Even continuing to acquire companies Synopsys still has almost $800 million in cash and cash equivalent. The only way they are ever going to consume cash seems to be becoming a player in the derivative market! But with his knowledge of mathematics and European affairs, Aart would be good at it as well.
Good First Quarter at Mentor Graphics, but Questions Remain.
Mentor graphics reported its 2013 first quarter revenue on May 25th. The news is good, but unfortunately for Mentor its reporting followed by a few days Synopsys report, and the comparison is not favorable to Mentor. To be fair, we are talking about two companies that are now practically so different that any direct comparison is becoming artificial. But since most of the industry continues to be preoccupied by who is number two and who is number three, one must look at the numbers taking Synopsys under consideration. Synopsys is a much more efficient company than Mentor, but it is also clear that Mentor has made good strides toward improving its results.
Mentor’s executives feel very confident about fiscal 2013 and have raised the guidance the company gives investors by predicting that they will realize earnings of $1.20 per share during the year on a GAAP basis, up $0.7 from the previous goal. The company had revenues of $247.9 million during its first quarter. The IC Design to Silicon, the Calibre family, is still the major revenue source (40%). This group also increased its contribution to the services revenue of the company.
Comparing this quarter with the corresponding quarter a year ago, we see that revenue increased by about $17 million, with Services and Support contributing almost half of it. But the cost of revenue remained practically the same since Services and Support costs went up, as one would expect.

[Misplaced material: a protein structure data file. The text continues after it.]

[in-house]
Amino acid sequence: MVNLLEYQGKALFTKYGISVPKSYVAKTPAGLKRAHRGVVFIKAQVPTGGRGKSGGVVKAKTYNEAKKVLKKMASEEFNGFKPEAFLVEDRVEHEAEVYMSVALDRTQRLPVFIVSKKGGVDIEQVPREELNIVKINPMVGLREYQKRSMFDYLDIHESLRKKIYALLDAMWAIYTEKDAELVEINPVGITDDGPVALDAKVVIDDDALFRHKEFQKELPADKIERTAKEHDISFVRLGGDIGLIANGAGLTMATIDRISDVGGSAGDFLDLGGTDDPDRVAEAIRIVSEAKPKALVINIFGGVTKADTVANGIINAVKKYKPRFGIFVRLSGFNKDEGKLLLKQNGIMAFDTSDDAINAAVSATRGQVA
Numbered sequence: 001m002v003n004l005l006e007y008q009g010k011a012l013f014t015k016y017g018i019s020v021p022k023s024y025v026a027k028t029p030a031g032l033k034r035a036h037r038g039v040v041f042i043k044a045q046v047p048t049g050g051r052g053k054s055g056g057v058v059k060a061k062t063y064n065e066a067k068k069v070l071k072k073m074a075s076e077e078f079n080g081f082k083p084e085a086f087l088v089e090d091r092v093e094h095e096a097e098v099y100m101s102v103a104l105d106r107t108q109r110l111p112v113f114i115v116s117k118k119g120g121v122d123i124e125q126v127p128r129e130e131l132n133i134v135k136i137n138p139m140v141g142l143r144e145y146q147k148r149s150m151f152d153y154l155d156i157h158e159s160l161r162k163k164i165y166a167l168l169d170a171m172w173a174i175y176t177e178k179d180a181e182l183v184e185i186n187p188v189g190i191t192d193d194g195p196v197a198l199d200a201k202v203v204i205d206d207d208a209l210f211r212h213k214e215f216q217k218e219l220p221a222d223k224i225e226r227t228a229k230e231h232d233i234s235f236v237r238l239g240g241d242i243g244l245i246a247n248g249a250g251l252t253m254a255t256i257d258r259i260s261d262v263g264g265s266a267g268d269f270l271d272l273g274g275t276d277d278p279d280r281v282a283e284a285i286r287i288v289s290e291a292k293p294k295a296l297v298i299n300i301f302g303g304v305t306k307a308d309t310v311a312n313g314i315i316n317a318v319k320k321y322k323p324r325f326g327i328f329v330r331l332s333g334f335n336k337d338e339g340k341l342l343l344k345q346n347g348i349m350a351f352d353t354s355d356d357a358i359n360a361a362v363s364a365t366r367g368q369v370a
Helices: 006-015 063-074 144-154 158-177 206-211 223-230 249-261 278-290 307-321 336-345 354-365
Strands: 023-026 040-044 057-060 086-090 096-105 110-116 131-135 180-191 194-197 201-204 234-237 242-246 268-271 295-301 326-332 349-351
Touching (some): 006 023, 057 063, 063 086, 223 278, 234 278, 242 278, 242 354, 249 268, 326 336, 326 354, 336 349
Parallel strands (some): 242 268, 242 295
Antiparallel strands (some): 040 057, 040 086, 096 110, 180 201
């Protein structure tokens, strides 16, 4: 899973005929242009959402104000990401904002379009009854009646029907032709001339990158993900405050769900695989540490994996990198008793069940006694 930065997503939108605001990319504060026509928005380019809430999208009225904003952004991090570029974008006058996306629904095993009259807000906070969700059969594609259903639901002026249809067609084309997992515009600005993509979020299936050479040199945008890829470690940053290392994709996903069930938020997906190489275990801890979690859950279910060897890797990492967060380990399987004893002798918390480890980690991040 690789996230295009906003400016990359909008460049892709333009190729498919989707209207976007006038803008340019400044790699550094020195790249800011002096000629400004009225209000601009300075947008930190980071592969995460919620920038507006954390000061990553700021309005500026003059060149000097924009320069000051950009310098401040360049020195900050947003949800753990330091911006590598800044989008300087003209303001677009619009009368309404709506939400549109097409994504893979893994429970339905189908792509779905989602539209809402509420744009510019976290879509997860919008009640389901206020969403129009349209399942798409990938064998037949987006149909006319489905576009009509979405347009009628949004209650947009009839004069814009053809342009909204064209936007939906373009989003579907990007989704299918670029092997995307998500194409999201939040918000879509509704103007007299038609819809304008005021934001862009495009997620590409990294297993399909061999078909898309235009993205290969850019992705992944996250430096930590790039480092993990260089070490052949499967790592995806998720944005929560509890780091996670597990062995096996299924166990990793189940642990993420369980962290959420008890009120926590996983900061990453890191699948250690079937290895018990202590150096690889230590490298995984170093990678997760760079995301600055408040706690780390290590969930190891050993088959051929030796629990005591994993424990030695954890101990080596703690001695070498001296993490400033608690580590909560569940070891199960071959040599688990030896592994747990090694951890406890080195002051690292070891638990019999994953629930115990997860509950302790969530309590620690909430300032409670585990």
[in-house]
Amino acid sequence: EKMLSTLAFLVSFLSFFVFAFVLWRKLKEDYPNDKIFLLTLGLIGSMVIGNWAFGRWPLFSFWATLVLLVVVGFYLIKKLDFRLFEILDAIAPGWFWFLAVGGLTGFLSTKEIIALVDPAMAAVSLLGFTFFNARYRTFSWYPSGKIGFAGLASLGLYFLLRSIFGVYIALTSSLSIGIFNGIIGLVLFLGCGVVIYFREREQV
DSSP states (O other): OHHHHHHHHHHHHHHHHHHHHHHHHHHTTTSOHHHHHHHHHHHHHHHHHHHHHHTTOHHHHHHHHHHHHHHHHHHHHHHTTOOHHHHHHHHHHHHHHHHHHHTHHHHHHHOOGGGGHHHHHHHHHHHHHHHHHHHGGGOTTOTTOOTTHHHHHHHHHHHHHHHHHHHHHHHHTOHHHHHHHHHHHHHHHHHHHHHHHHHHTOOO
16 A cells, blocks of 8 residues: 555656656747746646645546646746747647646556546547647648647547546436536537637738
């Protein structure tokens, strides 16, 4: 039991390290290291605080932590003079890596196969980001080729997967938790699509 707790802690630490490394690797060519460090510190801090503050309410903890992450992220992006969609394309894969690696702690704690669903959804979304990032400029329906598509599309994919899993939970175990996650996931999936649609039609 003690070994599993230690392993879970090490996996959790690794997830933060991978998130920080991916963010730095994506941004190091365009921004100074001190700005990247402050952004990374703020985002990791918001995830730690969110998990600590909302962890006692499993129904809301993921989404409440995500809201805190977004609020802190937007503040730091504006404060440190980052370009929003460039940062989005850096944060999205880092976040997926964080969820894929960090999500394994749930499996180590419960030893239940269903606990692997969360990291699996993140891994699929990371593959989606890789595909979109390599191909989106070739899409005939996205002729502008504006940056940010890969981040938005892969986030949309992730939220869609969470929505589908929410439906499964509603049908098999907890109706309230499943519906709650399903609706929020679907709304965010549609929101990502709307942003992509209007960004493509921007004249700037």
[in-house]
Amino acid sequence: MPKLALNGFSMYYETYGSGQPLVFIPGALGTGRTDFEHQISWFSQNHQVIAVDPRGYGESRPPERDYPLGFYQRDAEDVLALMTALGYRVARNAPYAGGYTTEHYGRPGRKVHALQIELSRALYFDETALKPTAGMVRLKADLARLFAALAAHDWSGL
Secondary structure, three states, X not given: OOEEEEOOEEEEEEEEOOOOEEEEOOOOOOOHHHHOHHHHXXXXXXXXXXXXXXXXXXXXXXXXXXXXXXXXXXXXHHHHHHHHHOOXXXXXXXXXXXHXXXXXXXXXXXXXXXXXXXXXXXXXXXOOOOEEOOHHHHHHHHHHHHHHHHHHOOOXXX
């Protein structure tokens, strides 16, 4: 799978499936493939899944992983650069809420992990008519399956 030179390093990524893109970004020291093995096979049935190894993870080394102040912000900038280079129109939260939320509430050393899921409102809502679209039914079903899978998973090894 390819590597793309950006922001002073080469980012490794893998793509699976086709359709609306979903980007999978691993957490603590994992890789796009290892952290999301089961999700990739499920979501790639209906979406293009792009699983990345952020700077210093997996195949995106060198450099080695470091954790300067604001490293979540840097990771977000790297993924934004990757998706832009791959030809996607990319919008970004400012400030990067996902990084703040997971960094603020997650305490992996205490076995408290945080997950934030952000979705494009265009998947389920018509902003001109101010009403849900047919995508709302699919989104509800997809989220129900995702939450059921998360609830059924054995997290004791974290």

A good control of expenses made it possible to practically double operating income and allowed Mentor to realize a $28 million net income. The company balance sheet tells a slightly different story. Total assets decreased by almost $21 million of which $12 million were cash and $8 million receivables. But liabilities also decreased, although I cannot explain why accrued payroll and related liabilities went from $112 million to $57 million (almost a 50% reduction).
What I found most interesting and not reported in this press release was the change of Greg Hinckley title. I had always known Greg as Mentor’s President and COO, but now he is listed as President and Chief Financial Officer. Since it is Greg that runs Mentor’s operations, the change can only mean a significant increase to the way the company looks at its financial performance, I am sure because of Carl Icahn’s “supervision”. Mentor’s executive team is composed of 22 people, none of them female by the way. Of these only seven have product development responsibility. An equivalent number have either Marketing, Sales, or local Organizational responsibilities at the corporate level. Since each of the product divisions have their own marketing and sales organization I find the Mentor matrix organization to be a bit top heavy.
By comparison, Synopsys’s executive team has 13 members, two of whom are female, and six of whom have product development responsibilities. Synopsys also has no local organizational vice presidents, and Mentor has four Vice Presidents that have corporate sales responsibilities , versus just one at Synopsys. Either Joe Logan at Synopsys never sleeps or he is quite more efficient than the Mentor Four.